The Momentum program launched in 2009 provides funding of up to 1 million Euro to establish new, independent research groups at Hungarian academic institutions. Here, our aim was to determine factors associated with the scientific output of these research groups. Publication data were downloaded from the Hungarian Scientific Work Archive (www.mtmt.hu), impact factor data were obtained from Thomson Reuters (jcr.incites.thomsonreuters.com), and journal ranks were extracted from the Scimago Journal Rank database (www.scimagojr.com). Investigated input features for each grant holder include gender, degree, targeted category, international mobility, international grants, number of publications, total number of citations, H-index, best publications, impact factors in the last 2 years, and assessment scores provided by the experts. Evaluated performance indicators include cumulative impact factor, number of D1 publications, and number of first/last author D1 publications during the grant running time. Grant holders’ publication output increased by 23 and 52% for life sciences and material sciences researchers. Scientific performance was independent from gender, degree, international grants, category applied for, and citations received for the best pre-grant publication. Those with international mobility had significantly lower scientific output (yearly impact factor, number of D1 publications, number of first/last author publications). Scores received from grant review experts were independent from later publication activity. The strongest correlations were observed between scientific output and total number of citations, H-index, and impact factor in the last 2 years pre-grant. In summary, group leaders with a dynamic publication track record were able to attain the most additional momentum. Our results can help accelerate and improve future grant review processes.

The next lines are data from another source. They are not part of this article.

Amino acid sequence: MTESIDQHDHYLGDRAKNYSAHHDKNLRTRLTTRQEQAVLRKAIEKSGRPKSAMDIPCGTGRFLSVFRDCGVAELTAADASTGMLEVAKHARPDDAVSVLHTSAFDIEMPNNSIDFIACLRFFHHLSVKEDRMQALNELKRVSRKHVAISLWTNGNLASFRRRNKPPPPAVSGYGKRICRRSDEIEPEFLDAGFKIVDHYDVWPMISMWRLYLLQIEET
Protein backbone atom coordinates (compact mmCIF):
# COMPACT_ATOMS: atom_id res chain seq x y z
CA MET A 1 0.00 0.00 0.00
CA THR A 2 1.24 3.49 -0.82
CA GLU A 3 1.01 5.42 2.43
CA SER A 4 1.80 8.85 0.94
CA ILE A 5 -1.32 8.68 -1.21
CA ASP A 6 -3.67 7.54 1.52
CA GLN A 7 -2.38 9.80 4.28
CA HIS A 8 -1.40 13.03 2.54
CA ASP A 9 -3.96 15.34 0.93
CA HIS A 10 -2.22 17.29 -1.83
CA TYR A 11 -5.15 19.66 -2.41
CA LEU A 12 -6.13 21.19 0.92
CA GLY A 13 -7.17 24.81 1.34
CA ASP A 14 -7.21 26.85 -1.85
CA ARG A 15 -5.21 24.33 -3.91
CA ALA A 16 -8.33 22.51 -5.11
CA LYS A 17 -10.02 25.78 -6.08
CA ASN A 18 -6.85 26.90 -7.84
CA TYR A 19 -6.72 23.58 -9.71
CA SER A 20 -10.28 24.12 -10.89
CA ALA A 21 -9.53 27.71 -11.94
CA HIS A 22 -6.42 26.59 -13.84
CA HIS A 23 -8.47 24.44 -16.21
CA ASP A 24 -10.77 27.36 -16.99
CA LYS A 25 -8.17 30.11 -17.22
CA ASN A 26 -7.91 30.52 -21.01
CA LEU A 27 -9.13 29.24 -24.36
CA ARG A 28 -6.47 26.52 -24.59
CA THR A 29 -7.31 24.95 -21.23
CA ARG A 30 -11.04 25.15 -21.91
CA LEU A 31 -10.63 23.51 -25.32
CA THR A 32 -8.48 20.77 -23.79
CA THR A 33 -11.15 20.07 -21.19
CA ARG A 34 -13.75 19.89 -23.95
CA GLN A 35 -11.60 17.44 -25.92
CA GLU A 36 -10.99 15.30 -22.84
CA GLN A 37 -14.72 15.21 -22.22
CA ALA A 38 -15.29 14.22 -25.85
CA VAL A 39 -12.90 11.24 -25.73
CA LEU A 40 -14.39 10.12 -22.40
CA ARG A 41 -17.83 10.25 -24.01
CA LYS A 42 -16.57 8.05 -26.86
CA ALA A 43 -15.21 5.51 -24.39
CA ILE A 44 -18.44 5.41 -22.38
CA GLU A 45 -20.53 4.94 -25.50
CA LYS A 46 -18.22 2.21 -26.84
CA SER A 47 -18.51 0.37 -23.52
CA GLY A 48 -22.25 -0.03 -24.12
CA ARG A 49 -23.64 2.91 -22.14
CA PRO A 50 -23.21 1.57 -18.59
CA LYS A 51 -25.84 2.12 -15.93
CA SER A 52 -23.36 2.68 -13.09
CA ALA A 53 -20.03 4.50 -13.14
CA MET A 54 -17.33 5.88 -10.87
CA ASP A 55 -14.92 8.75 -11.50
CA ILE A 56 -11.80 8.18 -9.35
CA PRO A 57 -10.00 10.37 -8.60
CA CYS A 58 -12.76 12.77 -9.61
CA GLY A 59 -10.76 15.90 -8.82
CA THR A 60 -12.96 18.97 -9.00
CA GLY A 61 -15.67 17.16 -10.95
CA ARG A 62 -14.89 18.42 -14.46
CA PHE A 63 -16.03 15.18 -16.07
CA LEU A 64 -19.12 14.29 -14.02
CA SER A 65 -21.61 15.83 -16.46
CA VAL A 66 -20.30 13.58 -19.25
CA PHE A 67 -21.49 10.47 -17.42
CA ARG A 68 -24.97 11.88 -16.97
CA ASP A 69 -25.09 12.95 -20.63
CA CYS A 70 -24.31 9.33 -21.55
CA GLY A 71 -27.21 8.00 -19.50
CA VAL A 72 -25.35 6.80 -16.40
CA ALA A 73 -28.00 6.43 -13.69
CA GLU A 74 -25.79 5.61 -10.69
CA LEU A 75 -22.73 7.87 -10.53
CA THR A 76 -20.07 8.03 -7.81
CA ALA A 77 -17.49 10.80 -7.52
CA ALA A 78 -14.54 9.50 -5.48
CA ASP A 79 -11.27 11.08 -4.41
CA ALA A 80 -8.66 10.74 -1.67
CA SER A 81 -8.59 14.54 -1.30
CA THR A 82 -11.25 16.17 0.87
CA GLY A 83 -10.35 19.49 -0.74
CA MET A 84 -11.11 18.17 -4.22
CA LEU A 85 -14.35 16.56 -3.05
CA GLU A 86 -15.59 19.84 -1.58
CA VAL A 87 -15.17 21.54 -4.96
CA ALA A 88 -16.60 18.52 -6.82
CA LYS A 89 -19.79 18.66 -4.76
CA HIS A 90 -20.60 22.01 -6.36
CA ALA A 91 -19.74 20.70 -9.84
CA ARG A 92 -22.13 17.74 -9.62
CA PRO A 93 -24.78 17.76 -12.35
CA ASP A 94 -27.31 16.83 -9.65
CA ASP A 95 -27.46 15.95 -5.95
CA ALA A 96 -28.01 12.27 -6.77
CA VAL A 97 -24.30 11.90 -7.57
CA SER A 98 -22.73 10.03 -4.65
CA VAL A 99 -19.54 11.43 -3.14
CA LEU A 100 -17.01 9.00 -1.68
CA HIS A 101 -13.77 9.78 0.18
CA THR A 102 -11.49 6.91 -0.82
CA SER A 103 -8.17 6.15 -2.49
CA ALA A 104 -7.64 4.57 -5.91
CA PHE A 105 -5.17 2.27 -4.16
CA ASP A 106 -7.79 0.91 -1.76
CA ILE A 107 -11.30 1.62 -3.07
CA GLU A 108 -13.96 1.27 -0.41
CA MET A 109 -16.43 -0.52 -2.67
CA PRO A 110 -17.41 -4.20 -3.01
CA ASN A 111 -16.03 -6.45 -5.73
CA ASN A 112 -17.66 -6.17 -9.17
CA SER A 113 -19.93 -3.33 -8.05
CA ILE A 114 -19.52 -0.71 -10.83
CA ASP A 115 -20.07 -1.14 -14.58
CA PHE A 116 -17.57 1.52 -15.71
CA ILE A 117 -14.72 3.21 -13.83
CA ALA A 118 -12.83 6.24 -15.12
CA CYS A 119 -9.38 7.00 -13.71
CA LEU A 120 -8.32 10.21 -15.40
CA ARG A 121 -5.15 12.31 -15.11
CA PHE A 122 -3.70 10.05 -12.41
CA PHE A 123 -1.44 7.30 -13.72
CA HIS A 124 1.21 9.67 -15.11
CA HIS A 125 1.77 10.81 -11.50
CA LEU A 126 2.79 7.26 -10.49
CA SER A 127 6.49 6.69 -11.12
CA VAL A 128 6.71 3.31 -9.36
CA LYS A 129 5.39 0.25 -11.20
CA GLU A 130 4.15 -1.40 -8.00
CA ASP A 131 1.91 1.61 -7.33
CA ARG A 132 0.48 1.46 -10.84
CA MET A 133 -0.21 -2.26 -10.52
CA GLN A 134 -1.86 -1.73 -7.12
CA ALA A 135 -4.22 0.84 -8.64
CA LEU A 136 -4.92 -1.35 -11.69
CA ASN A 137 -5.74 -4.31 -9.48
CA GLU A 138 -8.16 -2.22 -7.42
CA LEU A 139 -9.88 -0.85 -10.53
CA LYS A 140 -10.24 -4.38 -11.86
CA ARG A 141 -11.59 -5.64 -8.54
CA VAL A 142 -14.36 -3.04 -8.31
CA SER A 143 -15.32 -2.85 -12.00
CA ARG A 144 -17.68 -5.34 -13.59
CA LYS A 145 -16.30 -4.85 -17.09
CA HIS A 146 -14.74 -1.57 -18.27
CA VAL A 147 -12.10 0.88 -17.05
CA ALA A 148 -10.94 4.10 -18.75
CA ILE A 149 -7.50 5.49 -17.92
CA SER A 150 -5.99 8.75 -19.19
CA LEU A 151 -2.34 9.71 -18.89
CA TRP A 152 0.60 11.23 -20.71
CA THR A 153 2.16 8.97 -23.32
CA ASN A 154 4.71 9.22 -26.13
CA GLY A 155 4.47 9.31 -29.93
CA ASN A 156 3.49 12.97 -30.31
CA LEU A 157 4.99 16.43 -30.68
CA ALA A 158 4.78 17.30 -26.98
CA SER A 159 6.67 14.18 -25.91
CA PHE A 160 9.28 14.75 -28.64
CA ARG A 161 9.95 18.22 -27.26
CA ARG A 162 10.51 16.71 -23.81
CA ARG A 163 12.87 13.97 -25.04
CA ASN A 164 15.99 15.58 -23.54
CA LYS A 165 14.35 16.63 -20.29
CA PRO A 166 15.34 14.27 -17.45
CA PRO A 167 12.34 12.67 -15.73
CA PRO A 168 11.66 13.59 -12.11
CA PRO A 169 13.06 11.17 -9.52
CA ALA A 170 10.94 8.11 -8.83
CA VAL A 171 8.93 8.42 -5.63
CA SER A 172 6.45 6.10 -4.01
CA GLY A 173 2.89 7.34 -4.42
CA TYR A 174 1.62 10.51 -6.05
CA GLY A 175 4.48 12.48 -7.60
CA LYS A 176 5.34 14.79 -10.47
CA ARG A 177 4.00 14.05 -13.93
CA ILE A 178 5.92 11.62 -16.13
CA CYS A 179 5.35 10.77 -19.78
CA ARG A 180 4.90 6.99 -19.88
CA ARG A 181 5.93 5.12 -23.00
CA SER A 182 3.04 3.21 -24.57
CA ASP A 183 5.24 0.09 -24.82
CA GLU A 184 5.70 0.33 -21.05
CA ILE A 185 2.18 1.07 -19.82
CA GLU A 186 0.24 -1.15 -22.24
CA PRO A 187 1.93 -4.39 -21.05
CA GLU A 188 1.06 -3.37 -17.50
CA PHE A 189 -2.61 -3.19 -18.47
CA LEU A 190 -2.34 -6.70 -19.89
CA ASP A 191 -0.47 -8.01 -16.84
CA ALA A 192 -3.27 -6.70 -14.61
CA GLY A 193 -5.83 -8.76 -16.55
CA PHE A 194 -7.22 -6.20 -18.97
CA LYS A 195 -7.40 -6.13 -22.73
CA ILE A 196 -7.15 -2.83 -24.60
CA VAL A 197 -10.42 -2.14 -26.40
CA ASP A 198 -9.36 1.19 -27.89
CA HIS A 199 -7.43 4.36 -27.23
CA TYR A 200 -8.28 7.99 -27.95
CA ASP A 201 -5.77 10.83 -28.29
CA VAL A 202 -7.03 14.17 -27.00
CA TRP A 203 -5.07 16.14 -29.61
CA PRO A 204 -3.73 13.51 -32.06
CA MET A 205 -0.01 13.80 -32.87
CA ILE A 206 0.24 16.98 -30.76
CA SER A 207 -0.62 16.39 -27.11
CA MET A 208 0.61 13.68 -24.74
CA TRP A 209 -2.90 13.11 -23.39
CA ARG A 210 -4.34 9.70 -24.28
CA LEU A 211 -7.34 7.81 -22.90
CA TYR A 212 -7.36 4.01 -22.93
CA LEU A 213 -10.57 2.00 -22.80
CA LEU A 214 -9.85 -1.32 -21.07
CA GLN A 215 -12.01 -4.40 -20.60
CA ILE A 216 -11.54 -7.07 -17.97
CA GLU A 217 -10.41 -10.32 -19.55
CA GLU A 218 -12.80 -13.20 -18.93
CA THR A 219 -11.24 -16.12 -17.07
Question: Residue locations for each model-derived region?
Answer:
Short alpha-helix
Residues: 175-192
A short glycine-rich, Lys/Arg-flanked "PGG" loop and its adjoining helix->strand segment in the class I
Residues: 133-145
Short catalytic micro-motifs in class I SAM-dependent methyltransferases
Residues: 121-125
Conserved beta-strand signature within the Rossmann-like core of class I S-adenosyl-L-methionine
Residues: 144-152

ASJC Scopus subject areas
- Social Sciences(all)
- Computer Science Applications
- Library and Information Sciences